The Canadian Warplane Heritage Museum was founded in 1972 and is a non-profit organization whose mandate is to acquire, document, preserve and maintain a complete collection of aircraft that were flown by Canadians and the Canadian military from the beginning of World War II to the present. Our role is to preserve the artifacts, books, periodicals and manuals relating to this mandate. The Museum now houses almost fifty aircraft, an extensive aviation Gift Shop and Exhibit Gallery.
The Canadian Warplane Heritage Museum’s collection has grown through the friendship of Dennis Bradley and Alan Ness. Their love of aviation and their desire to maintain and preserve Canada’s aviation history saw restoration projects that were not only great pieces of workmanship but airworthy examples.
Dennis Bradley and Alan Ness approached friends Peter Matthews and John Weir to become partners with them to acquire the first aircraft, a Fairey Firefly. This aircraft was to become the masthead of the Museum’s advertising and stationery and continues to this day to be incorporated into logos, crests and memorabilia. A tribute to the four flying founders is located in the Museum’s main entrance.
The most ambitious restoration undertaking to date has been the Avro Lancaster. This aircraft stood guard over the Royal Canadian Legion Branch 109 in Goderich, Ontario for many years. With the support of the Sulley Foundation, the Lancaster was acquired by Canadian Warplane Heritage in 1977.
There was a tremendous amount of work required to remove the Lancaster from its concrete pedestal and prepare it for transport to Hamilton. The Canadian Forces accepted the transportation challenge, as a training mission to be performed by 450 Squadron. By moving the Lancaster to Hamilton via a Chinook helicopter airlift, valuable information was obtained by the military on the logistics of transporting large aircraft by helicopter. The aircraft arrived at the museum in 1979 and restoration began. It was not until 1988, that the Lancaster, dedicated to Andrew Mynarski, VC, would fly before 20,000 visitors.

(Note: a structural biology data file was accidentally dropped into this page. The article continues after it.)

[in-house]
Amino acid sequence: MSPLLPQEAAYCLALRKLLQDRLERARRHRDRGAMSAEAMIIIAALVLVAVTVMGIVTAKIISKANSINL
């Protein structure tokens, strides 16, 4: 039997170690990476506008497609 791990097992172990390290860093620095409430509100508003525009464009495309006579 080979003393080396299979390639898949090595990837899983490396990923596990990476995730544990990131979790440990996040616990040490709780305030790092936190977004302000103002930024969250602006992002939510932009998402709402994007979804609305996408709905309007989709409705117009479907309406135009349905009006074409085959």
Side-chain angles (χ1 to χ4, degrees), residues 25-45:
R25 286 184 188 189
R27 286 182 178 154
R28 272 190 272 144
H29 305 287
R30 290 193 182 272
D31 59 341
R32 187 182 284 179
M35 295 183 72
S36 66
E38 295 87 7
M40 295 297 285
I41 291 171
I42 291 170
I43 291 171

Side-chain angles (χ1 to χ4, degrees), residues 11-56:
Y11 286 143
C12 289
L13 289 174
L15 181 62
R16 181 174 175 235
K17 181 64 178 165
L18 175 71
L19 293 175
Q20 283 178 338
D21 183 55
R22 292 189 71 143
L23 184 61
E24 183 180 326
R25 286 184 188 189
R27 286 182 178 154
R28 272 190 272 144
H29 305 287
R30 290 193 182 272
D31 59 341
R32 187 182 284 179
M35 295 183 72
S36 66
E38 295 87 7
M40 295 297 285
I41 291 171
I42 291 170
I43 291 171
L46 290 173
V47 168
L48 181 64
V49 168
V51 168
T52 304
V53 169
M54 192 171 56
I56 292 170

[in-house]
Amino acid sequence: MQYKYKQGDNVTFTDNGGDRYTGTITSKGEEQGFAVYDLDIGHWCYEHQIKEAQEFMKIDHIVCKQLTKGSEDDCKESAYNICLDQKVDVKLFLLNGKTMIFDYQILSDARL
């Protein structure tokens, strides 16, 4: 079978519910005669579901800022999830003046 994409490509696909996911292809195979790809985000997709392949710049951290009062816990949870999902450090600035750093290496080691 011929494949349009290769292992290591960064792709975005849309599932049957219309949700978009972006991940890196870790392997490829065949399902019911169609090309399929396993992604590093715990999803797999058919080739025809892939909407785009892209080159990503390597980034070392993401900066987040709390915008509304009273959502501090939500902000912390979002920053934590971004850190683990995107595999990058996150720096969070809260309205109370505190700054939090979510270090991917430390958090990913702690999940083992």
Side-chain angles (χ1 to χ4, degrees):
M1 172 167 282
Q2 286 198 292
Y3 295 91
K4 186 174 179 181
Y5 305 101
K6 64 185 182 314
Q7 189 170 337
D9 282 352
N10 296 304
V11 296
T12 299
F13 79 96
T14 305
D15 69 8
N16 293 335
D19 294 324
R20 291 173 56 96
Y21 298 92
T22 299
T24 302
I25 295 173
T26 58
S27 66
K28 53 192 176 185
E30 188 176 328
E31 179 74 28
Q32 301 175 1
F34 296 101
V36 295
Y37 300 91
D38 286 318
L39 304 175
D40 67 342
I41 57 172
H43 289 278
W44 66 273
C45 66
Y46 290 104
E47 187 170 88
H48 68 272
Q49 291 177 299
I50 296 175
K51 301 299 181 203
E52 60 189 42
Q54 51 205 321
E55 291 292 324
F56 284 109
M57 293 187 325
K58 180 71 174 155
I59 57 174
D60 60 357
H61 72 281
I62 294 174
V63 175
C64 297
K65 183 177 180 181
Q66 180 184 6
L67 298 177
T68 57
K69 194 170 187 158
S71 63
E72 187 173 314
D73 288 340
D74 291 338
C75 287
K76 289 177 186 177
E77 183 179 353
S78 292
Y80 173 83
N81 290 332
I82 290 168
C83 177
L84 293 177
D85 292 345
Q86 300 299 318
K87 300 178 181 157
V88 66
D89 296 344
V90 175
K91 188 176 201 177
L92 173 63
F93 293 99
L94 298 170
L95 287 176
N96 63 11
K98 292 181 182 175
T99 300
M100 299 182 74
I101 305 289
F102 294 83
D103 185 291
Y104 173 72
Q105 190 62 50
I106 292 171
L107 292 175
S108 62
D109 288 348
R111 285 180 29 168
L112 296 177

Membership in the Canadian Warplane Heritage Museum is open to all who share an interest in aircraft preservation. Funding for Museum projects comes mainly from membership fees, private donations and sponsorships. The Ontario Government through the Ministry of Citizenship, Culture and Recreation, supports the museum through an operating grant. The Canadian Federal Government has recognized the importance of preserving certain aircraft of outstanding historical significance by certifying Canadian Warplane Heritage Museum as a Cultural Property Institution.
In the summer of 2014, the Museum undertook one of its biggest ventures, flying the Lancaster across the Atlantic to England to join the RAF Battle of Britain Memorial Flight’s Lancaster for a two month tour. The tour of two Lancasters was witnessed by millions of people throughout England as well as Scotland, Northern Ireland and the Channel Islands. The entire trip was filmed for a documentary, “Reunion of Giants”, that was released on DVD.